The Sporting Scene
Just An Old-Fashioned Fish Fry
Last Tuesday evening this correspondent was privileged to attend the annual meeting of the Ivy League Chowder and Martini Society, otherwise known as the Harvard Club Football Smoker. Gaffers of all ages from Harvard, Dartmouth, Yale and Princeton gathered in the Commonwealth Avenue hall to listen to four gentlemen expound on their teams-or so it said on the program.
When the drinks (excellent as always) and the fish chowder (pungent and tasty) had been disposed of, a joyous soul arose and cried, "Is there a Yale man in the house?" The band, cleverly revealed on the balcony, burst into Ten Thousand Men of Harvard." The logic of this was sublime compared with what was to follow.
Ernie Ransome, a quiet-spoken and well-informed young man, spoke briefly and to the point concerning Princeton football. He put it off the record, but it was good-for the Princeton men in the house. He also had kind words for Columbia, which scrimmaged the Tigers almost to a draw last month.
Oh, Mr. Cunningham . . .
At this point football gave way to eloquence. Bill Cunningham, a high-salaried local scrivener, arose, said he'd rather be in Washington watching the Red Sox, and opened his eulogy of Dartmouth with a reference to "my beloved alma mater." Things aren't so hot up there, he said, because what with one thing and another they've lost the left side of the defensive line from end to center. But: "We aren't striking the flag," "we older fellows must realize the game has changed;" and "football teaches . . . all those beautiful things without which we can't be the men our fathers were."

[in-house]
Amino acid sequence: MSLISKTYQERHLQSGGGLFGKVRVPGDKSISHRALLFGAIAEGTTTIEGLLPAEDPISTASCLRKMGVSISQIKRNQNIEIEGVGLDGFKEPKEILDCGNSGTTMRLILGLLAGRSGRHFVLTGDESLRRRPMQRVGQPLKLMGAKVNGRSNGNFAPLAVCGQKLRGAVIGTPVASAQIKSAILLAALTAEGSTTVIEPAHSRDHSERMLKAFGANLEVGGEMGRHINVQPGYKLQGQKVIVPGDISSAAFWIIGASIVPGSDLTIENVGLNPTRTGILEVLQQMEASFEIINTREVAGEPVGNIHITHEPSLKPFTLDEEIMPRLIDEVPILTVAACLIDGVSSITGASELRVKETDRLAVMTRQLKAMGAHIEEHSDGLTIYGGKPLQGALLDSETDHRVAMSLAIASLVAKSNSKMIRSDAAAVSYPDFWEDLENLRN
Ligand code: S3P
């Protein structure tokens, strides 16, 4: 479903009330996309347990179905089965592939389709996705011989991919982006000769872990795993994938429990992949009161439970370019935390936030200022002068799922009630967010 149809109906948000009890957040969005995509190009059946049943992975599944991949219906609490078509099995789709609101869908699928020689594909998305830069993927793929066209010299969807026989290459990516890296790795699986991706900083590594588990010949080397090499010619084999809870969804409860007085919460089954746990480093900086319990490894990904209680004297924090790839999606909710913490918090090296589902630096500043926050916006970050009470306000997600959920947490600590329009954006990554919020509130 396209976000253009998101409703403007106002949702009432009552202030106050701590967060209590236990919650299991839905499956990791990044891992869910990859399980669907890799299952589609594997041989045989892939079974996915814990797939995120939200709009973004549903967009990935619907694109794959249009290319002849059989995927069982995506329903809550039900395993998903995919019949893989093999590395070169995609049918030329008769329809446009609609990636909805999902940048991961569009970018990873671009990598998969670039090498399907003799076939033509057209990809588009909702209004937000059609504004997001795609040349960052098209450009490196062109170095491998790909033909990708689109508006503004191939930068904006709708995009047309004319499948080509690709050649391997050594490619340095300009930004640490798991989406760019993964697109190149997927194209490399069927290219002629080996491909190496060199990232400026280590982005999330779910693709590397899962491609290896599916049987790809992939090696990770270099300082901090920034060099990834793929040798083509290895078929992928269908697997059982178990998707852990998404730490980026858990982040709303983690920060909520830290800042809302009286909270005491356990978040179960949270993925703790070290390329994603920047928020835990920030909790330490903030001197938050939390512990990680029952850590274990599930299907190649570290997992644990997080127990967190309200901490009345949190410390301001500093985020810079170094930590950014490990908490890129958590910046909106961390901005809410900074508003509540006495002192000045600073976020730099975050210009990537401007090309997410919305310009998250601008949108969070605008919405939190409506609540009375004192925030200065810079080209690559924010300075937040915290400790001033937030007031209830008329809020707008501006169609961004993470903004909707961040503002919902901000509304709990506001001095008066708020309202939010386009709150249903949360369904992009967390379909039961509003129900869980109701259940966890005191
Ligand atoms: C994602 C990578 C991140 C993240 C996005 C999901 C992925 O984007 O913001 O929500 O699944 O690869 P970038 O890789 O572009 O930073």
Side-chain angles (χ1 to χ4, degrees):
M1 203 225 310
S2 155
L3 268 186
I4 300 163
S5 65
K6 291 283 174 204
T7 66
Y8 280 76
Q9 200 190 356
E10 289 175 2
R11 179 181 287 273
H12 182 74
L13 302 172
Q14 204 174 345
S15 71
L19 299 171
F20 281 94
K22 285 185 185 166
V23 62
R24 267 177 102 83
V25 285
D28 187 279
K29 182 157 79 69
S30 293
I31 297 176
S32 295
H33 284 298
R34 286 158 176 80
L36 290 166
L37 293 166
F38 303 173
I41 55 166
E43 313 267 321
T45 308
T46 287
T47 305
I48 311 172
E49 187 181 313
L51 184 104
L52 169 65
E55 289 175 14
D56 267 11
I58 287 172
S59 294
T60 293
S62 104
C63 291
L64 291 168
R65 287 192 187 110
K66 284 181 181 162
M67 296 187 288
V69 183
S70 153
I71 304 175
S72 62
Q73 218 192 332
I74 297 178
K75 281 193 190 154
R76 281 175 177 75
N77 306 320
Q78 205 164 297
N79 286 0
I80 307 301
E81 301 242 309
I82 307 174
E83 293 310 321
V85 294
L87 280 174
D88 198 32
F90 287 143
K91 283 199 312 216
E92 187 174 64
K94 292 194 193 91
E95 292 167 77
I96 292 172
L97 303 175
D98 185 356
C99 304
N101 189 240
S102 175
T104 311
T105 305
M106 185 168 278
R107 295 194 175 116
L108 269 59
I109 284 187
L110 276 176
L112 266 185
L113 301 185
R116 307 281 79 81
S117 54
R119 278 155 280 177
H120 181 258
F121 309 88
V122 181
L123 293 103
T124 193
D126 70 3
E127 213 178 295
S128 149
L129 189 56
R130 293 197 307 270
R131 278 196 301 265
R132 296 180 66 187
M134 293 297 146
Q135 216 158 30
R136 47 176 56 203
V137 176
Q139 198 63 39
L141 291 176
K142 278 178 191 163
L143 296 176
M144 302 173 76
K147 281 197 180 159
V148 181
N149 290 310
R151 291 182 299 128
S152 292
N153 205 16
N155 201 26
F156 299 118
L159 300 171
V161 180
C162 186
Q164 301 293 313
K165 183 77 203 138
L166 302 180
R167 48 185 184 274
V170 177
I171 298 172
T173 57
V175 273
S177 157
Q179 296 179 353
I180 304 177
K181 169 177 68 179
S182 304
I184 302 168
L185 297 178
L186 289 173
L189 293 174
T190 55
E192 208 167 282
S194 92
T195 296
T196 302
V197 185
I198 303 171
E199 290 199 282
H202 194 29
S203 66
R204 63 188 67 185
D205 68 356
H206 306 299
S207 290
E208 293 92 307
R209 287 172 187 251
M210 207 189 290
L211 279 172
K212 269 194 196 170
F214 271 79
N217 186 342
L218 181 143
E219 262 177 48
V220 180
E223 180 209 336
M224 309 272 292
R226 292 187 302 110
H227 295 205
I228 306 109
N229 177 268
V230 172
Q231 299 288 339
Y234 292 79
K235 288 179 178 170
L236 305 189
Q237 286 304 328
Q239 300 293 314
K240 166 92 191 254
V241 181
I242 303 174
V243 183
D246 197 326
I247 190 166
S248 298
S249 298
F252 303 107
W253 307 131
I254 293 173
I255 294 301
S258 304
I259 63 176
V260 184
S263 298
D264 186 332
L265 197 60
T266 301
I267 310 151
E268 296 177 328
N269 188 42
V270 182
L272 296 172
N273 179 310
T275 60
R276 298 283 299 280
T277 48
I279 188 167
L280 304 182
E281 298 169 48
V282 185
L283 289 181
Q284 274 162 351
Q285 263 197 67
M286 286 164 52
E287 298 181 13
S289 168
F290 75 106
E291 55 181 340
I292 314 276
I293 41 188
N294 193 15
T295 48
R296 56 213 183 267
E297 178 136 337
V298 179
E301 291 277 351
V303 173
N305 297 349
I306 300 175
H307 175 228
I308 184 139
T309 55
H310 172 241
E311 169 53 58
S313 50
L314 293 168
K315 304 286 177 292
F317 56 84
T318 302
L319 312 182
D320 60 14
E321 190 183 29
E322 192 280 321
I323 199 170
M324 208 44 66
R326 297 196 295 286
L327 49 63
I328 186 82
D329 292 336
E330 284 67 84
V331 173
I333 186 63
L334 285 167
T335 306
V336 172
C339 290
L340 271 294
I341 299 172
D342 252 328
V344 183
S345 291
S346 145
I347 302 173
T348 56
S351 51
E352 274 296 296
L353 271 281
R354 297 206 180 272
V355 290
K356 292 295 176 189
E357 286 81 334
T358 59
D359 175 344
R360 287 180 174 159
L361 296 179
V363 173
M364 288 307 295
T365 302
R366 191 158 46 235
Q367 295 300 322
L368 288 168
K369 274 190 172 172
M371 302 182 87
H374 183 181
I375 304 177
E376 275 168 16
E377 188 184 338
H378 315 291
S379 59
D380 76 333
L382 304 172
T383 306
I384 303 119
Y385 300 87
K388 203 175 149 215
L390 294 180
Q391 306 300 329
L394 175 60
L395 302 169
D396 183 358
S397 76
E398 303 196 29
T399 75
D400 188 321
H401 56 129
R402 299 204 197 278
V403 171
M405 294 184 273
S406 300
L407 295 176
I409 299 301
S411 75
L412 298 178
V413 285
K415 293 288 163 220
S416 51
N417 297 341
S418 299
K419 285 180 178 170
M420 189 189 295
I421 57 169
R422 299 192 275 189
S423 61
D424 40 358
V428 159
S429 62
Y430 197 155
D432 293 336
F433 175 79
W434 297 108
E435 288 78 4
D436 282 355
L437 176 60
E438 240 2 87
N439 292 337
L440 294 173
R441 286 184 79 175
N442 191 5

Victor O. Jones '28, managing editor of the Boston Globe, represented Harvard on the platform. Mr. Jones is a little guy who was once sports editor of the Globe, and who knows a good deal about football. He disagreed politely with Cunningham, who had stated that football players made great soldiers, by pointing out that most of the men who fought in the war were in the stands during football games. He mentioned that the seating capacities of our college stadia far exceeded classroom space, and that this rather than the score at Stanford was a cause for worry. He didn't discuss the team much, for the reason that he hadn't watched them yet. But he wound up with a pretty good argument for Mr. Bingham's athletic policy: "Let them (subsidizing colleges) work their side of the street. I hope we never do it any other way than we do now . . . all our players are students, all undergraduates." It was an interesting note of sanity in the football fever of the great hall.
. . . Yes, Mr. Britt
The final speaker, for Yale, was Jim Britt, whose unctuous tones are familiar to those who follow the fortunes of Boston's baseball teams. He told a dirty joke, told a dreadful and moving story about Joe McCarthy, and split an infinitive or three.
Mr. Britt was born in Indiana and attended Detroit University. He has not seen Yale this year. Just why he represented Yale is still unclear, except that he may have as large an appetite, if not so keen a wit, as Herman Hickman.
The chowder and apple pie were delicious: Herman would have enjoyed himself, the more so since the meeting followed one of his cardinal rules: "I plan to keep the alumni sullen, but not rebellious."